John was the author of “The Pilgrim’s Progress”, a book which until recently outsold all English language publications other than the Bible. In total he wrote over 60 tracts, pamphlets and books, including his famous work, “The Holy War”.
The founders of Providence Baptist Chapel, who first met together at a Bran Chamber locally in 1809, were in all probability among the spiritual descendants of John Bunyan.
One of the Chapel’s current office bearers, John Pestell, wrote the “Travel with John Bunyan” Day One publication, which has been used by many to revisit Bunyan’s steps in Bedford and the surrounding area.
It was at the beginning of the 19th century that the origins of this present church were really born, although there may well be a connection back to John Bunyan who was reputedly baptised in the River Great Ouse nearby, in 1653.
In 1809 a small group who were dissatisfied with the ministry at other churches in the town, began to meet together separately for worship. For about twenty years meetings were held in a ‘Bran Chamber’ in the parish of St. Cuthberts, about half a mile west of the present site in Rothsay Road near the Castle Mound. Eventually a small church was built of brick and slate, and it was opened in July 1830. It was situated in Castle Lane, behind the Swan Hotel.
During the sixty year pastorate of Mr John W Wren the building became too small for the large congregation, so the present commodious Victorian chapel was erected in October 1894, to the glory of God. It seats about 600 people and at the beginning of the twentieth century was regularly filled for each Sunday service.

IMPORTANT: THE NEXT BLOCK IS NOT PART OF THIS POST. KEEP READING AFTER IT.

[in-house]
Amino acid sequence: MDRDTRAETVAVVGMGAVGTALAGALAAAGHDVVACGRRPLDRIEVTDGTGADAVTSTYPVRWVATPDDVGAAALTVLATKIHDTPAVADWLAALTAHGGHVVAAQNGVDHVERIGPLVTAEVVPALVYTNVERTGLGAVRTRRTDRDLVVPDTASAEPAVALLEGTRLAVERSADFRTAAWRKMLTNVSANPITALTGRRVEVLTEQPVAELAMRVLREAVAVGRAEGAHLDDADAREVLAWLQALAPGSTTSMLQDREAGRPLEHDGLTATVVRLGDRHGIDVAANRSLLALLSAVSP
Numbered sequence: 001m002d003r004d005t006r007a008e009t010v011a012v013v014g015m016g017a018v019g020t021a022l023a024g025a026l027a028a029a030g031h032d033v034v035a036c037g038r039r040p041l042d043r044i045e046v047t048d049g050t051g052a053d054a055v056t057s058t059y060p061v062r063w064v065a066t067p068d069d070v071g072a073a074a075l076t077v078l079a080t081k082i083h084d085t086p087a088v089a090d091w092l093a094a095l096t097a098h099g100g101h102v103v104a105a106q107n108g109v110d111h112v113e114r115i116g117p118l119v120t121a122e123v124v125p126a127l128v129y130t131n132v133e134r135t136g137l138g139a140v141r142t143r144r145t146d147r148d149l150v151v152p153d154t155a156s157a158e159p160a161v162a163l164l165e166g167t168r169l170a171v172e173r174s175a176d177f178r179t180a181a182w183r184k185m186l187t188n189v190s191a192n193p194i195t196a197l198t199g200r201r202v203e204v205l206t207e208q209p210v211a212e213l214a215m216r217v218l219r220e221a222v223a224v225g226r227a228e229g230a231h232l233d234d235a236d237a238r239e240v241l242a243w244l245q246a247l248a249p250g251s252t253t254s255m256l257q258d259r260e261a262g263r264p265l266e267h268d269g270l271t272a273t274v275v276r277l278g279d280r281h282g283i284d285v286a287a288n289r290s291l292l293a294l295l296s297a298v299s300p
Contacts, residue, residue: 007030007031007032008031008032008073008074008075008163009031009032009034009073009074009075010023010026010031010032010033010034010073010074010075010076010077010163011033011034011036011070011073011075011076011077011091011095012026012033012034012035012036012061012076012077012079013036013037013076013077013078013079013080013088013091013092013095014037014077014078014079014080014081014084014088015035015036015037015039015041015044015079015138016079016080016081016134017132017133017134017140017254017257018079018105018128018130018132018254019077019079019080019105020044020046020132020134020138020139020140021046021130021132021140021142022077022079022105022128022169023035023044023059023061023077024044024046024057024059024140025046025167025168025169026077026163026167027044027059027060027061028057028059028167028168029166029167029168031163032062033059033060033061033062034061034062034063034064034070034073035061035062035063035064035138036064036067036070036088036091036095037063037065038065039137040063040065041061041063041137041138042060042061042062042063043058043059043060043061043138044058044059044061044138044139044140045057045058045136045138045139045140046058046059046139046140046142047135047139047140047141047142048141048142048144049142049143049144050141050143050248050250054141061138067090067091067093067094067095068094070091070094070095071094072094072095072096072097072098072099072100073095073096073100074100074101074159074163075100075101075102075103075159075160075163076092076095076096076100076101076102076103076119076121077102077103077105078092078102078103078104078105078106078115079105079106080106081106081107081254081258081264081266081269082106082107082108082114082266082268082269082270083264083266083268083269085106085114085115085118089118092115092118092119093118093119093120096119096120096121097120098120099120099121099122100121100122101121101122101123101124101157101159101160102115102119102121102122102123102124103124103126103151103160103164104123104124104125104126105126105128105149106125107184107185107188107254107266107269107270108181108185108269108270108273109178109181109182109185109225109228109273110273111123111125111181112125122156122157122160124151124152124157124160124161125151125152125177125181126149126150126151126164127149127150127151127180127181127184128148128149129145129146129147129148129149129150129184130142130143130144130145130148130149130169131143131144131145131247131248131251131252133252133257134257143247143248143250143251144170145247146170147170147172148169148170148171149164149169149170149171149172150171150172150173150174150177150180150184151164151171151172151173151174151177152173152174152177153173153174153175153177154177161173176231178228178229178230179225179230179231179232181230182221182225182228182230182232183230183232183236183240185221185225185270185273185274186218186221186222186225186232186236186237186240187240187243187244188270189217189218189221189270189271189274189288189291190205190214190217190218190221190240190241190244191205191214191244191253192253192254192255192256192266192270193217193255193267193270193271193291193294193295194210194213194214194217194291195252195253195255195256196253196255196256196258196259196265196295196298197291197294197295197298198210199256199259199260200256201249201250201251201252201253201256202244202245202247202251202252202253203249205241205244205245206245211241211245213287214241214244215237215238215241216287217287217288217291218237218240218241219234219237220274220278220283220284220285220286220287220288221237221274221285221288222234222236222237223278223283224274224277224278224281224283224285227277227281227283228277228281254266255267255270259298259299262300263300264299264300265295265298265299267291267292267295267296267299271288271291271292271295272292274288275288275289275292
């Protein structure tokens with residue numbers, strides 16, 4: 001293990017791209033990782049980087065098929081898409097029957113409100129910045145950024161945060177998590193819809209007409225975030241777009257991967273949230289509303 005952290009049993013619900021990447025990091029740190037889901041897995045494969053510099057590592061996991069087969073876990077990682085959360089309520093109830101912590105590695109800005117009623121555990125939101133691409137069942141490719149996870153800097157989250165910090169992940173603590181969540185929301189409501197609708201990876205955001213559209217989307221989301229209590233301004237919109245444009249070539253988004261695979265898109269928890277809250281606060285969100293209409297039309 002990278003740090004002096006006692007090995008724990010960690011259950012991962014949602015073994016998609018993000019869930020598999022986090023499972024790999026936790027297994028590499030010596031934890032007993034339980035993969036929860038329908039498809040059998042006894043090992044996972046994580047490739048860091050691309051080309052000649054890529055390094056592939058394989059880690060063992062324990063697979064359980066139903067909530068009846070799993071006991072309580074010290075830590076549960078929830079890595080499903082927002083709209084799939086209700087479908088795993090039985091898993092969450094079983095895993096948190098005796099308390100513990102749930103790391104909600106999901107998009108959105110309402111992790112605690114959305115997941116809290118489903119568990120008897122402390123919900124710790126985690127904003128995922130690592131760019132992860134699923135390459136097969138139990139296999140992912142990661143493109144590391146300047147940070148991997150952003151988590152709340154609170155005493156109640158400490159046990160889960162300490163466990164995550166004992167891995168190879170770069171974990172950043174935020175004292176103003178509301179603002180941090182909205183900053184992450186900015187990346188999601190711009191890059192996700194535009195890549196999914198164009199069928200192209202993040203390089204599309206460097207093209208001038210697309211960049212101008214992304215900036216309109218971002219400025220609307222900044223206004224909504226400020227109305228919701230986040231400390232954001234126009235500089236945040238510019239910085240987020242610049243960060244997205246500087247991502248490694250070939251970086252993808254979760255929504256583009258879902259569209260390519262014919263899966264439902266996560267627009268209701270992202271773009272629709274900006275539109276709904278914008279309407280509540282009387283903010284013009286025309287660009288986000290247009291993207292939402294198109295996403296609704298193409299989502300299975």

In the Second World War, Pastor S Rutherford Hunt opened a rest centre for service personnel in the upstairs schoolroom. Soldiers were invited to relax and socialise, write letters to loved ones, while being served refreshments and even being offered clothing repairs by the ladies who attended the chapel at the time.
As the twenty-first century dawned the church welcomed Mr Graham Chewter, the 7th Pastor in the two hundred year history of its existence. During this pastorate the church grew and the morning Sunday School was commenced with children coming in from estates on the outskirts of the town.
Outreach into the town includes a weekly Bible study in Bedford Prison and open air witness in the shopping areas. Missionary outreach further afield includes links with other Christians around the world.
Redevelopment to the rear section of the building a few years ago including a lift to the first floor, redesigned kitchen and three well equipped meeting rooms, enable us to cater for the various requirements of a town centre church in the modern world.
A booklet produced for the centenary of the chapel building in 1994 is still available for visitors who may be interested in a fuller history of our church.
We meet regularly to hear the Word of God preached, with a specific Gospel Service each Sunday Evening to which we seek to invite as many as possible. It is our concern that the good news of Jesus Christ is preached and that God will bless this ministry to those that hear it. Our worship is centred on the Bible and its teaching about Jesus Christ. The congregation includes families and individuals from various walks of life, nationalities and backgrounds. We have an evangelistic Sunday School here on Sunday mornings where young people aged 4+ to 18 are taught Bible truth.
In December 2019, the Chapel’s 8th Pastor, Mr Oliver Wyncoll was called to take up the pastorate. His induction service took on Saturday 7th March 2020 when an estimated five hundred people attended the meeting.